IVF Risks


Going through in vitro fertilization can take an emotional and physical toll on a couple, not to mention the pain it could inflict on their pocketbooks. Because there’s so much hope and potential disappointment that goes along with IVF, a couple may experience stress, anxiety and depression. In addition to the emotional risks of IVF, there are also some very real physical risks.

Fertility drugs can make a woman bloated: she may also have stomach pain, headaches, and mood swings. If she’s injecting IVF medicine, she may have to give herself (or have her partner give her) several injections a day – her skin and muscles can become bruised from all the shots.

Ovarian hyperstimulation syndrome is one potentially severe side effect of IVF. A recent study found that up to 33% of IVF patients may develop mild OHSS, and three to eight percent of patients may develop a severe case of the condition. OHSS causes fluid to build up in the chest and abdomen. OHSS symptoms may include bloating and abdominal pain; extremely fast weight gain – for example, a woman may gain 10 pounds in three to five days; urinating less, even when the woman is staying well hydrated; shortness of breath; and nausea and vomiting. If OHSS is mild, the woman should go on bed rest. If it’s severe, the excess fluid may need to be drained from the body with a needle.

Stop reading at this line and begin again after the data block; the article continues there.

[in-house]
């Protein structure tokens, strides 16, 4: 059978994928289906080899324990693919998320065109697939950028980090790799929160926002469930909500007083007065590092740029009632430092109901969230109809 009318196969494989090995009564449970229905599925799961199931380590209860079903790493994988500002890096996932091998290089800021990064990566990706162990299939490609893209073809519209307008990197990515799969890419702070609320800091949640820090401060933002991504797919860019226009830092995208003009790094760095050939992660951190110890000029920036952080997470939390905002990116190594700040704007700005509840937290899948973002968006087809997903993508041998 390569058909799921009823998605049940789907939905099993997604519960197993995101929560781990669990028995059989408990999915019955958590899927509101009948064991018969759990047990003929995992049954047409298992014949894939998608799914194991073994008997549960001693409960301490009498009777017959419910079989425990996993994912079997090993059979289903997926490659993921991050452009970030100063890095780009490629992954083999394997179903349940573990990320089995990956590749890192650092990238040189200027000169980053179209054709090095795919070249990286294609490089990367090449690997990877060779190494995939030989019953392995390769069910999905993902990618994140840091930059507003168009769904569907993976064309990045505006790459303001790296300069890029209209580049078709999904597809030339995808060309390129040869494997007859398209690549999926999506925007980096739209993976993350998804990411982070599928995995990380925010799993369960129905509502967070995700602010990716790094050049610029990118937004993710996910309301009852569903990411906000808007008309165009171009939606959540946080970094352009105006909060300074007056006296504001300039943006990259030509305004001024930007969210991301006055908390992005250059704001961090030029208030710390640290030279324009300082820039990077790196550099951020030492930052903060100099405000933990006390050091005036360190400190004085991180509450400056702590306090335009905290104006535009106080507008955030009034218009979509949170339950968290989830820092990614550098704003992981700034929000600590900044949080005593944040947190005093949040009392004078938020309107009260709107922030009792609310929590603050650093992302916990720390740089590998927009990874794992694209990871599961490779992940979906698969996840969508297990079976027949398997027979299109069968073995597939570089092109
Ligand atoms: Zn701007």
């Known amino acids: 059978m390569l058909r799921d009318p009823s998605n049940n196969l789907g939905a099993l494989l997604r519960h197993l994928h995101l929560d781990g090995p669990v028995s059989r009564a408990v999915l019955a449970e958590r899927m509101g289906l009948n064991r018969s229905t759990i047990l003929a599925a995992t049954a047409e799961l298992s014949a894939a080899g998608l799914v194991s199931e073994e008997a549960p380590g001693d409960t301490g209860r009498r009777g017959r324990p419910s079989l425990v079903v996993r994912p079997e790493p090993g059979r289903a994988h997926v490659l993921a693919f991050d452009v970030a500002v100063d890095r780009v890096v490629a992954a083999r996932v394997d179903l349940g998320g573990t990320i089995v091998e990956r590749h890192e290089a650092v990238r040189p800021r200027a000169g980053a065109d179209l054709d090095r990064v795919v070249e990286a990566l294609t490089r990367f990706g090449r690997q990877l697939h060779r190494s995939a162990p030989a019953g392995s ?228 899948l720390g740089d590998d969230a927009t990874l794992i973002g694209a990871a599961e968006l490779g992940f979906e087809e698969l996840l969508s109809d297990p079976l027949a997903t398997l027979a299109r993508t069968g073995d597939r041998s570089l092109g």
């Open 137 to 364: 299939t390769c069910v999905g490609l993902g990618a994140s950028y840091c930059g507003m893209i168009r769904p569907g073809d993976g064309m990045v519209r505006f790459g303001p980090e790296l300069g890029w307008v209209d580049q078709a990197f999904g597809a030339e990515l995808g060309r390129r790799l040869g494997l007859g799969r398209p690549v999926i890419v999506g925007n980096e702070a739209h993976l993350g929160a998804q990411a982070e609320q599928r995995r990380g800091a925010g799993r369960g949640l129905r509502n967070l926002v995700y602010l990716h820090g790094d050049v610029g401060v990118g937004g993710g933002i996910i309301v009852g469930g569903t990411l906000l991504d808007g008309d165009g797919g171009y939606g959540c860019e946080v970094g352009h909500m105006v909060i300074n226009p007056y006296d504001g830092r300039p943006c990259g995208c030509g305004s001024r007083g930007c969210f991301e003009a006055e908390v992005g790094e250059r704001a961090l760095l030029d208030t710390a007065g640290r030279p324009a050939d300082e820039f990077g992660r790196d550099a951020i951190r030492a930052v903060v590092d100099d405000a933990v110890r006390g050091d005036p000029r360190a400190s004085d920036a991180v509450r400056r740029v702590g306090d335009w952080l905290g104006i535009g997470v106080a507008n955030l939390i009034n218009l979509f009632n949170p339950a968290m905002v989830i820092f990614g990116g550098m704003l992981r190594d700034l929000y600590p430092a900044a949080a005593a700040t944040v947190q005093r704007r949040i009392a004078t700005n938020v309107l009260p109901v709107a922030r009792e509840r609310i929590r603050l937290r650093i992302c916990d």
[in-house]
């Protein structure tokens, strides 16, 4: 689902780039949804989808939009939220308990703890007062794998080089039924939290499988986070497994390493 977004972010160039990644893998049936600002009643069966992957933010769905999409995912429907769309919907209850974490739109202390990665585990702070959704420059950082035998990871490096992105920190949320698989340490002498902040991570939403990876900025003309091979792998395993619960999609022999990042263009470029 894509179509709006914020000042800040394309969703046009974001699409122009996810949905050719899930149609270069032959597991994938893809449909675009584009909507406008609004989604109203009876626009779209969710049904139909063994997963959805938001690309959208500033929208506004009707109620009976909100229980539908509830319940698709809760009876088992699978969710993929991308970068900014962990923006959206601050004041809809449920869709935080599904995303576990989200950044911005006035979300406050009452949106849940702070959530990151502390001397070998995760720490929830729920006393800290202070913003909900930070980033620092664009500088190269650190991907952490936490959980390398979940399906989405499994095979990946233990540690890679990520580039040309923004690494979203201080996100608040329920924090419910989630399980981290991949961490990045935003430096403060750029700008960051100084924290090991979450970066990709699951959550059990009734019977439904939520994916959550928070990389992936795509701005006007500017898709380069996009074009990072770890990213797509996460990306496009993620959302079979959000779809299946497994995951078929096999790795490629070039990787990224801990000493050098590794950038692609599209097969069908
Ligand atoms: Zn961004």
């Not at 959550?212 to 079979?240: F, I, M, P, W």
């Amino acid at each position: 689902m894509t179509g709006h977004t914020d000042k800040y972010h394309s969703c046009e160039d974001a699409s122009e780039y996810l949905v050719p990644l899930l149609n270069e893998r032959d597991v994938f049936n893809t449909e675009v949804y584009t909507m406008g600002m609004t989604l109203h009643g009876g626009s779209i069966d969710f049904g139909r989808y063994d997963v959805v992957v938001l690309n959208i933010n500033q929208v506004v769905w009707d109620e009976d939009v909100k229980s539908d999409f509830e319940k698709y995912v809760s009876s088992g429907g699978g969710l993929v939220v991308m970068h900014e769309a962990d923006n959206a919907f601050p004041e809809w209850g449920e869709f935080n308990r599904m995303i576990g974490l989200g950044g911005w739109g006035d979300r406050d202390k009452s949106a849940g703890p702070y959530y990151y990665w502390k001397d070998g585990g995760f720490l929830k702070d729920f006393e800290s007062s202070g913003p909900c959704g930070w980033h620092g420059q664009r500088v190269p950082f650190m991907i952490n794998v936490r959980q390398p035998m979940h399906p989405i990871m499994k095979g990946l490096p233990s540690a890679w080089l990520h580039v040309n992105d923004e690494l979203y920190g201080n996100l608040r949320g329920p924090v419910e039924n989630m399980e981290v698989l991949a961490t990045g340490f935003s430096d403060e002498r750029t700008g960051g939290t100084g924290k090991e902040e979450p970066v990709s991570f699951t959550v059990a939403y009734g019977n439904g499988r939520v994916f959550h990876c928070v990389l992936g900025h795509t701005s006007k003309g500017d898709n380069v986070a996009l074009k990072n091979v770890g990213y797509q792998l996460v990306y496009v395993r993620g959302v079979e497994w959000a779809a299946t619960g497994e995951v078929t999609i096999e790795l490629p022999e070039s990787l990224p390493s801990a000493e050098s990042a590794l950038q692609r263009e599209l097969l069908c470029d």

About 0.2% of women undergoing IVF can experience adnexal torsion, which occurs when the ovary twists on itself and cuts off its blood supply. The fallopian tube can twist too. If a woman has OHSS, she’s at greater risk of adnexal torsion. She may experience nausea, vomiting and pain or tenderness in her lower abdomen. If the condition’s not caught early enough, the ovary could die. Adnexal torsion’s usually diagnosed by ultrasound, and treated with laparoscopic surgery to untwist or even remove the ovary.

GnRH agonist drugs, which are sometimes used in IVF treatment, have been shown to cause cysts in about 15% of women. Because these cysts can produce estrogen, they may negatively affect IVF cycles. Still, even if a woman develops a cyst, her doctor will probably tell her to stay on the fertility drugs, because the cyst may clear up on its own. If it doesn’t, it may need to be drained with a needle.


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